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  1. null (Ed.)
    Mobile robots are increasingly populating homes, hospitals, shopping malls, factory floors, and other human environments. Human society has social norms that people mutually accept; obeying these norms is an essential signal that someone is participating socially with respect to the rest of the population. For robots to be socially compatible with humans, it is crucial for robots to obey these social norms. In prior work, we demonstrated a Socially-Aware Navigation (SAN) planner, based on Pareto Concavity Elimination Transformation (PaCcET), in a hallway scenario, optimizing two objectives so the robot does not invade the personal space of people. This article extends our PaCcET-based SAN planner to multiple scenarios with more than two objectives. We modified the Robot Operating System’s (ROS) navigation stack to include PaCcET in the local planning task. We show that our approach can accommodate multiple Human-Robot Interaction (HRI) scenarios. Using the proposed approach, we achieved successful HRI in multiple scenarios such as hallway interactions, an art gallery, waiting in a queue, and interacting with a group. We implemented our method on a simulated PR2 robot in a 2D simulator (Stage) and a pioneer-3DX mobile robot in the real-world to validate all the scenarios. A comprehensive set of experiments shows that our approach can handle multiple interaction scenarios on both holonomic and non-holonomic robots; hence, it can be a viable option for a Unified Socially-Aware Navigation (USAN).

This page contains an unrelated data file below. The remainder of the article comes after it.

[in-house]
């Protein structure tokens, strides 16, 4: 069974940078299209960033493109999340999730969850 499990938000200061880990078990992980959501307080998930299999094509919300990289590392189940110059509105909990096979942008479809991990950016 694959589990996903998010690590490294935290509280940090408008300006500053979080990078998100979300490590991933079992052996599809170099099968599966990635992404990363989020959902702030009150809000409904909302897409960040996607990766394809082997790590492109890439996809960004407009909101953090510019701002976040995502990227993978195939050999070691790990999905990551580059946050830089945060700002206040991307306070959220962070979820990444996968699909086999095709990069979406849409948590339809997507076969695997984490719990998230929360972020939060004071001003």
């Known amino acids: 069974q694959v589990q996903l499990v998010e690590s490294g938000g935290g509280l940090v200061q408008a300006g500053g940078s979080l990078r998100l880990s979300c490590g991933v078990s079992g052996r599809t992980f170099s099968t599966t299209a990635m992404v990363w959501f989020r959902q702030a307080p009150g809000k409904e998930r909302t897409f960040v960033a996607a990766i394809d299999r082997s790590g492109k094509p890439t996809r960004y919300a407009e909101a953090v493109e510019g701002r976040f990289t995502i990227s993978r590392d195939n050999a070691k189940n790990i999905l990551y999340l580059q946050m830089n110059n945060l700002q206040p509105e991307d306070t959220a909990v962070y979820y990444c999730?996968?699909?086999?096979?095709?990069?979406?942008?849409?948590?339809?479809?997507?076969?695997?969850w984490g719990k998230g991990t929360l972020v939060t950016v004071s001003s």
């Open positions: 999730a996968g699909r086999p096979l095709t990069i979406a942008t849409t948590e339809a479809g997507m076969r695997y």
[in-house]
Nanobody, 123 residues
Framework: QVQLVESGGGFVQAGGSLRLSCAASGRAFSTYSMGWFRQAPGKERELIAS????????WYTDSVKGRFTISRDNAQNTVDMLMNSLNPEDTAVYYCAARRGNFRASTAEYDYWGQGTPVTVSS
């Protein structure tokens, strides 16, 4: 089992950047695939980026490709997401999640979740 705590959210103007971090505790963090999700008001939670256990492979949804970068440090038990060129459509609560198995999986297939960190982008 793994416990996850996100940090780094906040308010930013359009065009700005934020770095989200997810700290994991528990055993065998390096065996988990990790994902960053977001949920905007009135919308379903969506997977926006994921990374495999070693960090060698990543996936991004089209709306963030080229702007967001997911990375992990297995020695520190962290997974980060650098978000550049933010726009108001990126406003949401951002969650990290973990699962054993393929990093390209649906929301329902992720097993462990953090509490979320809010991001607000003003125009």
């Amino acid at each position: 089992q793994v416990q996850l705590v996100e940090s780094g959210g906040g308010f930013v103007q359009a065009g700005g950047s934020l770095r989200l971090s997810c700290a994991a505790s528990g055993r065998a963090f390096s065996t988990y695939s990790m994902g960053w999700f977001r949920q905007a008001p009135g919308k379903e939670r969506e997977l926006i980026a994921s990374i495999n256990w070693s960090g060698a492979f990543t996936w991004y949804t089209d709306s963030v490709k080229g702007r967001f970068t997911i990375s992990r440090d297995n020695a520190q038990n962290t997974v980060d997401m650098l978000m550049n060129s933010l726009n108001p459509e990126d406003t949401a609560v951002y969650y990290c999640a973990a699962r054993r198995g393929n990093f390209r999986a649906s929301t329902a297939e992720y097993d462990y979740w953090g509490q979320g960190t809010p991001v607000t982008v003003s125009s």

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  2. For socially assistive robots (SAR) to be accepted into complex and stochastic human environments, it is important to account for subtle social norms. In this paper, we propose a novel approach to socially-aware navigation (SAN) which garnered an immense interest in the Human-Robot Interaction(HRI) community. We use a multi-objective optimization tool called the Pareto Concavity Elimination Transformation (PaCcET) to capture the non-linear human navigation behavior, a novel contribution to the community. We use autonomously sensed distance-based features that captures the social norms and associated social costs for a given trajectory point towards the goal. Rather than use a finely-tuned linear combination of these costs, we use PaCcET to select an optimized future trajectory point, associated with a non-linear combination of the costs. Existing research in this domain concentrates on geometric reasoning, model-based, and learning approaches, which have their own pros and cons. This approach is distinct from prior work in this area. We showed in a simulation that the PaCcET based trajectory planner not only is able to avoid collisions and reach the intended destination in static and dynamic environments but also considers a human’s personal space in the trajectory selection process. 
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